Author: Kayla Rae Whitaker
Format: Kindle Edition
Page Count: 374
Publisher: Random House
Original Publication Date: 2017
Genre(s): Adult fiction, Contemporary, Art
Mel Vaught and Sharon Kisses meet in art school. They are both crazy-into drawing cartoons, something looked down upon by their professors and families. But who cares? They’ve found inspiration in each other. They become inseparable, and eventually partners in animation. With their first full-length film release, the two are riding the high of success. Bur what comes next, after the tours and interviews and parties? What goes on in the real world, where you cant hide behind pencils and paper and jokes? Reality is much darker than any cartoon will ever be.
I blew through this book—half of it drunk on wine in a bathtub, the other half sleepily waiting for my girlfriend to get home last night. What I thought was going to be a fun story about cartoons wound up being a heart-wrenching story that made me cry, ripped my heart out, and felt way too real.
The book starts out slow. I’ll go ahead and say it. That’s why I didn’t think it would take such an emotional toll on me. I felt distanced from it. Then it suddenly takes off and you feel like you’ve lived a whole new life, right there beside Mel and Sharon.
The novel is told in first-person from the perspective of Sharon, a Kentucky born-and-raised girl who doesn’t fit in, like, anywhere. She struggles to make friends and falls in love with guys (many guys) from afar. Mel, her opposite, grows up in Florida with a shitty mom who winds up in jail. The two girls meet in college and eventually make an animated film about Mel’s fucked-up childhood.
But The Animators is so much more than that. It’s a heartbreaking story about friendship, at its base level, but it’s also about memories, honesty, growing older, and accepting death. Finishing the novel is like losing a friend. It’s a long haul of a book, so strap yourself in and hold on tight—you may not like where you end up.
Sharon, the narrator, is not very likable. Though I can relate to her, she is a little too winy and over dramatic, especially at age, what, thirty-two? She’s in her thirties for most of the novel and her thoughts read like a 19-year-old’s. She makes a lot of really bad decisions. And while I understand being the first one to leave a party, the one who sucks at public speaking, the one who always feels unattractive and not good enough—well, you’re in the wrong business to be that way, Sharon. She just seems a little childish to me. I grew to like her more towards the end of the novel, though. And to be honest, even though she wasn’t my favorite character, I still didn’t have any trouble reading from her perspective. She made a fine narrator. I just hated her sometimes. But wow, what happens to her in Florida…that tore me up inside.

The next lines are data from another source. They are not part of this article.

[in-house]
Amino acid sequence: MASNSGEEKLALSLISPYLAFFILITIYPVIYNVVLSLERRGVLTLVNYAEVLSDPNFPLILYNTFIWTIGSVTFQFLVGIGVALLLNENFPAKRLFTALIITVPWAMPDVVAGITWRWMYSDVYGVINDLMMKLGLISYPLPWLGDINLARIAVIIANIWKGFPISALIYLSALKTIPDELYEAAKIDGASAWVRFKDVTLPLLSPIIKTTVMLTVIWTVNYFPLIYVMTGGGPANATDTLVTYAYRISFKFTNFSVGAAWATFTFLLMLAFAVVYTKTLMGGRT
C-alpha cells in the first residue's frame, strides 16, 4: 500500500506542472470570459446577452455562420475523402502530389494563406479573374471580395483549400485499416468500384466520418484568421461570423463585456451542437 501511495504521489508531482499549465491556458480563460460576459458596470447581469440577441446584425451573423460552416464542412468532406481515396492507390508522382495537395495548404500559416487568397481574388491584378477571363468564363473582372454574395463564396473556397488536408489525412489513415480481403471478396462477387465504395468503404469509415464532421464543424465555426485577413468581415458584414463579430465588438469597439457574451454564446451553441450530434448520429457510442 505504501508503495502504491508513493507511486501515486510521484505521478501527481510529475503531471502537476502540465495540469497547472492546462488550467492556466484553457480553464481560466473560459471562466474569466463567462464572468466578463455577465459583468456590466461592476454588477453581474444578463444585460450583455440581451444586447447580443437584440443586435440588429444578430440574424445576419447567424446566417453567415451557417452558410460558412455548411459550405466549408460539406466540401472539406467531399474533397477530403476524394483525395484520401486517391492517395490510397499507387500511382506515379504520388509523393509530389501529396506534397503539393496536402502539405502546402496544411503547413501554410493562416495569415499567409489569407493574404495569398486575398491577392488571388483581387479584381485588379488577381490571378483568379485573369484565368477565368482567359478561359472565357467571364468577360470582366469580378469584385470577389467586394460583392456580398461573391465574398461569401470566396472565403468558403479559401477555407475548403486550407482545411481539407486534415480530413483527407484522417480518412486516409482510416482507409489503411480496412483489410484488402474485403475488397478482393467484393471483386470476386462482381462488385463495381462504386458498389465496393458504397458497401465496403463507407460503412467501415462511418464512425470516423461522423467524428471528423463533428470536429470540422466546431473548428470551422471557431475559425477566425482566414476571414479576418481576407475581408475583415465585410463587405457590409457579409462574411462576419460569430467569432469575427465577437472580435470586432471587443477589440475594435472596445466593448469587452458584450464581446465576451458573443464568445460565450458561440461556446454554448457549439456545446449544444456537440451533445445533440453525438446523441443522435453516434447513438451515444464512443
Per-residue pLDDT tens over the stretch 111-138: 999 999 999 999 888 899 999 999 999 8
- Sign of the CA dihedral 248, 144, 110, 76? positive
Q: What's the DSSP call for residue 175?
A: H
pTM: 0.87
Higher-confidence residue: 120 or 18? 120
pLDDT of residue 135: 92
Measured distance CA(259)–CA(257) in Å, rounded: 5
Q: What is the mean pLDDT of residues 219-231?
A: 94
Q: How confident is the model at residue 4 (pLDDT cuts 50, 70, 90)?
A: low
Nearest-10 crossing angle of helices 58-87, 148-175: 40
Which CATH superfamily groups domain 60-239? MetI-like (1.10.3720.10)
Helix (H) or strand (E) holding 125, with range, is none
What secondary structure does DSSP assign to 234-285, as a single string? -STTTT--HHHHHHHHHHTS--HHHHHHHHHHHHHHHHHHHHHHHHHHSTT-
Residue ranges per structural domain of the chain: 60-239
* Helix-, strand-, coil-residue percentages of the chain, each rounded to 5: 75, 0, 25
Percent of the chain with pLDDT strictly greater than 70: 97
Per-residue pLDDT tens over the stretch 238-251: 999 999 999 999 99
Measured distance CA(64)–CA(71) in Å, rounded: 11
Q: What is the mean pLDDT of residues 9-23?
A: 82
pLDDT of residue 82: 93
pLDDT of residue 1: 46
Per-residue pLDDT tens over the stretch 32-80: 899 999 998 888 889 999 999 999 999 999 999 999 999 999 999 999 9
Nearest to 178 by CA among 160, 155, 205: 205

Mel is basically Sharon’s opposite. She’s loud, outgoing, somewhat of an alcoholic, and an all-out lesbian. She was hilarious, but a bit rude and very over-the-top. In fact, I didn’t like her too much, either. I thought she was (usually) a good friend to Sharon, but she also made really terrible decisions. This is another one of those books where I don’t really like any of the characters, but still end up loving the book. In fact, this happens every now and then and I figured I may as well make an award for it, because those kinds of books are truly impressive—it manages to still be a good read even with shitty characters.
This being Whitaker’s first novel, all I can say is, damn. This was pretty fantastic. When she wrote about Florida, you felt like you were in Florida. When she wrote about Kentucky, you were living there, too. And when she wrote about New York, it made me want to drop everything and move up there. You go all over the place in this novel. You feel like you’re there with Sharon and Mel, through all the good times and the bad. Whitaker is a great new author, and I look forward to more of her works.
–“Terrified of the cafeteria’s clamor, I had taken to eating three meals of ramen noodles a day in my dorm room.”
–“My drug of choice at eighteen: the quiet devouring of boys in my head.”
–“It is strange and ultimately insulting how, when someone you love dies, just expires without warning, time does not stop.”